Learning to Code and Learning an Instrument

Hands on Piano

When I was little I learned how to play the piano. I had reading music, proper hand positioning, and playing Minuets drilled into my little skull. My piano teacher was a former funeral home director and a jazz musician. He had all the seriousness of a man who dealt with the bereaved, but the musical chops of Little Richard. My piano lessons were an exercise in perfection and rigidity and there was no room for individual thought. Sometimes I would decide that Beethoven, Mozart, or Grieg had it wrong and would exercise my freedom of expression to make it sound “better”; my piano teacher hated that. I was more interested in writing my own songs than I was in playing Beethoven’s or Bach’s. Eventually I stopped taking piano lessons and switched to drums and finally guitar. Lately I’ve been thinking a lot about the similarities between learning to play piano (or any instrument) and learning to code. I think both involve similar approaches in regards to lessons, techniques, and skills.

Here’s why:

1. An entirely new vocabulary and way of thinking is introduced.
2. Muscle memory.
3. Combining simple elements to create complexity.
4. Persistence

New Vocabulary

Learning to read music teaches you how to think outside of your comfort zone. You’ve got time signatures, keys, notes, marks to denote staccato or a phrase that is largo. What’s that you say? Why the Italian? The language of music is Italian so you also have to know what it all means. The first year or two of music lessons includes learning to decipher this new language. Once you’ve figured it out, however, it opens up a new world. You can sit down with sheet music and it gives you an instruction pamphlet for how to play. Coding has its own unique language as well. A language that is filled with “a-ha” moments when something suddenly hits you for the first time. It’s just like music in that everything is descriptive in regards to what it does and why, but you still have to learn and translate the basic vocabulary.

Muscle Memory

My first piano lessons involved drilling proper hand positioning. I practiced until my hands ached and then one day, they stopped hurting. What’s most amazing to me is that two decades after I took my last piano lesson I can still sit down and my hands know exactly where to go and how to rest. The muscle memory is even there to play scales in almost every key. I don’t know how I know how to do it, but somehow I do. I’ve begun to notice something similar as I continue to learn how to code. My fingers just know what to type and where to go. It’s as if muscle memory is taking over and I’m using less brain power to process the basics.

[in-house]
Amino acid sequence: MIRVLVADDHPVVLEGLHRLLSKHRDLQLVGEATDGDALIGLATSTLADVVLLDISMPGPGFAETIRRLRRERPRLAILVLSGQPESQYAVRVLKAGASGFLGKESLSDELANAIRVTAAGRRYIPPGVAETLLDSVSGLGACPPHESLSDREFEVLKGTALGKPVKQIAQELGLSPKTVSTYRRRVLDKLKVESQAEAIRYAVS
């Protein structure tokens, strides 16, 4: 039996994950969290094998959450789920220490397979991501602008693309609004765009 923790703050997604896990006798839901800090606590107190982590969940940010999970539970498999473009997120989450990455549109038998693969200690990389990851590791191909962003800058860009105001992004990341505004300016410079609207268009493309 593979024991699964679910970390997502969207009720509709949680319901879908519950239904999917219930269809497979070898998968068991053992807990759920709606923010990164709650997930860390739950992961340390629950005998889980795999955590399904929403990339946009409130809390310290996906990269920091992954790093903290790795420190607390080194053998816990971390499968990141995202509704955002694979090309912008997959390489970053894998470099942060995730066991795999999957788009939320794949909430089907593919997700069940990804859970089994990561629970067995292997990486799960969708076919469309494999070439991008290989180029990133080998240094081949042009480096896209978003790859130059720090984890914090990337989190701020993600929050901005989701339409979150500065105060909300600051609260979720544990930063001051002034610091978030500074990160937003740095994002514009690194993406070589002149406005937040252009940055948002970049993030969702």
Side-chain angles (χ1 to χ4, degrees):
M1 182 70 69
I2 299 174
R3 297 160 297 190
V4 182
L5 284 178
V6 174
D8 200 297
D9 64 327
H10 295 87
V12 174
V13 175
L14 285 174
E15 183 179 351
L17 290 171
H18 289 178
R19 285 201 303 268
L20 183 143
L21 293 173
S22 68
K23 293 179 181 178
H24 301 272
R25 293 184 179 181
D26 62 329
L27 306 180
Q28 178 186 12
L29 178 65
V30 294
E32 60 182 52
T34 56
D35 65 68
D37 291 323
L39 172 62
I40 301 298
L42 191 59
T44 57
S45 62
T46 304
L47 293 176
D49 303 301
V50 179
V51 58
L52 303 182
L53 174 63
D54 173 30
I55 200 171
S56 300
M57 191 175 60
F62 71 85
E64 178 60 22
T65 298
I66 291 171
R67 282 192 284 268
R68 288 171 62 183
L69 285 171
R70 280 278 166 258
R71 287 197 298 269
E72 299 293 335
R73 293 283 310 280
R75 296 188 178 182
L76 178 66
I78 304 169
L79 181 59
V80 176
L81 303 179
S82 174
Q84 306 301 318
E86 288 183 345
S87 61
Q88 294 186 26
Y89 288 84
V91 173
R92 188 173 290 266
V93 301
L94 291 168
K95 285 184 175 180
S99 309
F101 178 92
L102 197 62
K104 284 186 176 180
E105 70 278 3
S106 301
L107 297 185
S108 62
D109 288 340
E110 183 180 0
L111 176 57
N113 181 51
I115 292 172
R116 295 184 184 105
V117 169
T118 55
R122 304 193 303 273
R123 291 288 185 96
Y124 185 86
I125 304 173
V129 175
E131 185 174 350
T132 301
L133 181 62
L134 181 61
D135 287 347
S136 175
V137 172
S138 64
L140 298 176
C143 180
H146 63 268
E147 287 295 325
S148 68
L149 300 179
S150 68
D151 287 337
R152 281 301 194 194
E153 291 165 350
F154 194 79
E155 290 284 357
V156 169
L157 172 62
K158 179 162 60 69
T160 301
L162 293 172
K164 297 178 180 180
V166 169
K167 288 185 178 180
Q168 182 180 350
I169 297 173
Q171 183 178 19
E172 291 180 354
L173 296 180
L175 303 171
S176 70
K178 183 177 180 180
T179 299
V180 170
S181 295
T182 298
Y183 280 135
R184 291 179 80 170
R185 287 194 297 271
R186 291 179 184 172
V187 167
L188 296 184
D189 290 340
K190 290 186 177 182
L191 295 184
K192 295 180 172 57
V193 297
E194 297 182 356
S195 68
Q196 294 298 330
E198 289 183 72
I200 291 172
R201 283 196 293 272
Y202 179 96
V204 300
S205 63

Combining the Simple to Create the Complex

In it’s simplest form music is just notes. Add a few notes together and you have a chord. Play a few chords together and you can create a song. It’s all about putting together the basic building blocks one note at a time. Coding is the exact same way. When I first started playing piano it was extremely frustrating because the process seemed to move so slow and I really wanted to just play a certain song. My piano teacher would hold me back while unbeknownst to me he was leading me down that path so that when he said, “ok, learn this song” I already had the skills to put it all together. I feel the same way about learning to code. I really want to build an application or do this specific thing. What I’ve learned is that if I take my time and understand the individual components behind the song or the program its help me build even better songs/programs. I’ve certainly hacked my way around building a basic Ruby on Rails app and after a few hours got it “functional”, but going through and learning the proper way to do it opens up the inner workings and makes fixing issues easier and faster.


Learning to play any instrument takes persistence. Playing guitar makes your hands just plain hurt. You have to stretch, bend, and hold down strings to try to get the right chord. After you’ve got that one chord you have to learn a bunch more and then figure out how to transition them. It’s easy to give up and I know a lot of people with guitars who have never been able to push past that first painful month (it honestly only takes one month to push past that phase). I have had a lot of banging my head against the wall with coding. I can’t even begin count the number of times an errant semi-colon, colon, “end”, bracket, et cetera stumped me and I had to sit and review lines and lines of code to track it down. It’s all worth it though when it ties together and works just as you wanted. The thing that makes the persistence pay off is that you can see actual measurable progress appear right in front of you.

In Conclusion

When I learned piano everything was broken into elements so that you learned one piece at a time. First hand positioning, then sheet music, then basic melodies, then chords. Slowly as you worked through these individual elements they could be combined to create bigger blocks. All of this crescendoed into the moment when sheet music was placed in front of you and you could play a song you had never seen and didn’t think you could play.

I keep having these moments as I push forward coding where I look at the screen and say, “how did I know how to do that?”. The answer is pretty obvious after I add up all the time spent grinding away at it, but there’s still that sense of wonder when I create something out of thin air that I hope I never lose.

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